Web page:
The roadworthiness of the bikes and scooters and the quality of the helmets is also an issue.
"The bikes are checked every month and all helmets are ISI-certified," says Nirula's Vice-president (human resources and training) Nitasha Mehta, for which 20 per cent of the business comes through home delivery.
Domino's and Pizza Hut say they do not compromise on this front.
"We have one mechanic for every three stores," says Rajpal.
Pizza Hut-Delivery General Manager Sanjiv Razdan adds that every bike is checked once a shift.
However, these checks are seldom carried out by smaller eateries with delivery services.
Manoj Pandey, a 24-year-old delivery boy with a small eatery in Delhi's Lajpat Nagar, uses a second-hand bike and a locally-made helmet. There are times when he chooses not to wear the helmet.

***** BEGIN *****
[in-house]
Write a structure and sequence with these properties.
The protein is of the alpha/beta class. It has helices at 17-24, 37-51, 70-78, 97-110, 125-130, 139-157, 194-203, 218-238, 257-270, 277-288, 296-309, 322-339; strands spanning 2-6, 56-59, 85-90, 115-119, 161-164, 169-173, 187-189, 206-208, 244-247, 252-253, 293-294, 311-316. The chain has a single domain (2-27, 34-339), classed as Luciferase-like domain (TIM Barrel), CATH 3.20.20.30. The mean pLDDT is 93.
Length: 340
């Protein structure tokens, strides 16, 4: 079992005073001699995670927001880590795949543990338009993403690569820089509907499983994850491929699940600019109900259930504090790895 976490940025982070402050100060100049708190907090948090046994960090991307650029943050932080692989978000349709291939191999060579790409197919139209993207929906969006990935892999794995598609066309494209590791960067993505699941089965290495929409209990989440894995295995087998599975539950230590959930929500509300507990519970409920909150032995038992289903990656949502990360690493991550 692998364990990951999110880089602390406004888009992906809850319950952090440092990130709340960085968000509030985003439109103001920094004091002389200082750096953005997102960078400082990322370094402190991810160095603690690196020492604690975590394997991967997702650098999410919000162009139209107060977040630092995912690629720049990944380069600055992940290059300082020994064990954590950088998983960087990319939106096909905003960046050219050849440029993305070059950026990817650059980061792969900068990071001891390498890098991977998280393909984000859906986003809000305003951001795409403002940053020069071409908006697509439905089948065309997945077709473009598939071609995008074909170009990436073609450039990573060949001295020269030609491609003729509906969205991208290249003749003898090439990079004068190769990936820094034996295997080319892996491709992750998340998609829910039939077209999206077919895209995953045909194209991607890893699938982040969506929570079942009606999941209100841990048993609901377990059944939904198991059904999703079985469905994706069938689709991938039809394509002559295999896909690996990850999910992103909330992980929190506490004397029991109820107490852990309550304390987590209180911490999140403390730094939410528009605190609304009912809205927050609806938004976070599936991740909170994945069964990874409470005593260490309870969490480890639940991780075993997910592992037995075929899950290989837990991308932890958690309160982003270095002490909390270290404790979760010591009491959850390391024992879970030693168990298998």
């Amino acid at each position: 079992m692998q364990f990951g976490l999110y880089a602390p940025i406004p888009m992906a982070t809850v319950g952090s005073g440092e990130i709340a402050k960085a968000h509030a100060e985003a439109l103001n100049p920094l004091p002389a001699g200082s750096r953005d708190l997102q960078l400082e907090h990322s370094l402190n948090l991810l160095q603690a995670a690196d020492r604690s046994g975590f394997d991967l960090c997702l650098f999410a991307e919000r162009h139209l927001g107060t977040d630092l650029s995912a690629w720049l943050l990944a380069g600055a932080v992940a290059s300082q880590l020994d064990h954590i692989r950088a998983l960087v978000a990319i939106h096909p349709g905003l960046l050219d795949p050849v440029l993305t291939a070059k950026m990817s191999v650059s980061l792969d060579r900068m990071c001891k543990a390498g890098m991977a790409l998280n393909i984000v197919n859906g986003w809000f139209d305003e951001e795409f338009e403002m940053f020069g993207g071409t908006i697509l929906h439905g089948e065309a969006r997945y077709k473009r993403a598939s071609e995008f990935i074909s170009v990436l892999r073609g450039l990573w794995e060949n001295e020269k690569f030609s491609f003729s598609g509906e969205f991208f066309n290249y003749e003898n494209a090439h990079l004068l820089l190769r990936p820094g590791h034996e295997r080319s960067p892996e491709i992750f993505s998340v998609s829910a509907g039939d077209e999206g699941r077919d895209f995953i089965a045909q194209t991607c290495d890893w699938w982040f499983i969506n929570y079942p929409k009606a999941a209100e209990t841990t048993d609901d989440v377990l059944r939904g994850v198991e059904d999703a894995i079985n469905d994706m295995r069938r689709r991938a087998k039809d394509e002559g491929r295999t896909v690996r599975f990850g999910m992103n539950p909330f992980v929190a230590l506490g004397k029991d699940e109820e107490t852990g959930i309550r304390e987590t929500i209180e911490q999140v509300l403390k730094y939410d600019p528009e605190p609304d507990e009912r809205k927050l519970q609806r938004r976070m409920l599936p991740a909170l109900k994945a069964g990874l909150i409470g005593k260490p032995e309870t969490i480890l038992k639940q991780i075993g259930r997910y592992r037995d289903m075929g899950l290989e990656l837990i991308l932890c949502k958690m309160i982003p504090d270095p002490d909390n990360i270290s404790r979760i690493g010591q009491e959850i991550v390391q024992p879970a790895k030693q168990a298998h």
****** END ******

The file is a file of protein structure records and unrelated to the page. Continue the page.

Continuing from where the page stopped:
"I make deliveries within 2 km. I don't always need a helmet," he shrugs. His employer too does not insist.
A delivery boy employed with a large food chain says that while he always carries his licence, he is not given the necessary registration and pollution check certificates of the bike he rides.
"But the police seldom stop and check delivery boys," he adds.
And though his bike has a speed governor, which is not supposed to allow him to exceed the 40 kmph speed limit, he says he's able to touch 50 kmph with ease.
He's clearly not making this up.
We followed a delivery man whose bike is not supposed to let him go over 40 kmph, but he was exceeding that limit by well over 10 kmph.
With concerns around delivery boys growing, Pizza Hut has from this year started testing their driving skills before allowing them on the road.
One of the other things which delivery companies are taking into account is insurance, though some of the delivery boys say they are yet to get their insurance number. However, for delivery boys working for smaller joints, insurance remains a dream.
Image Courtesy: Wikimedia Commons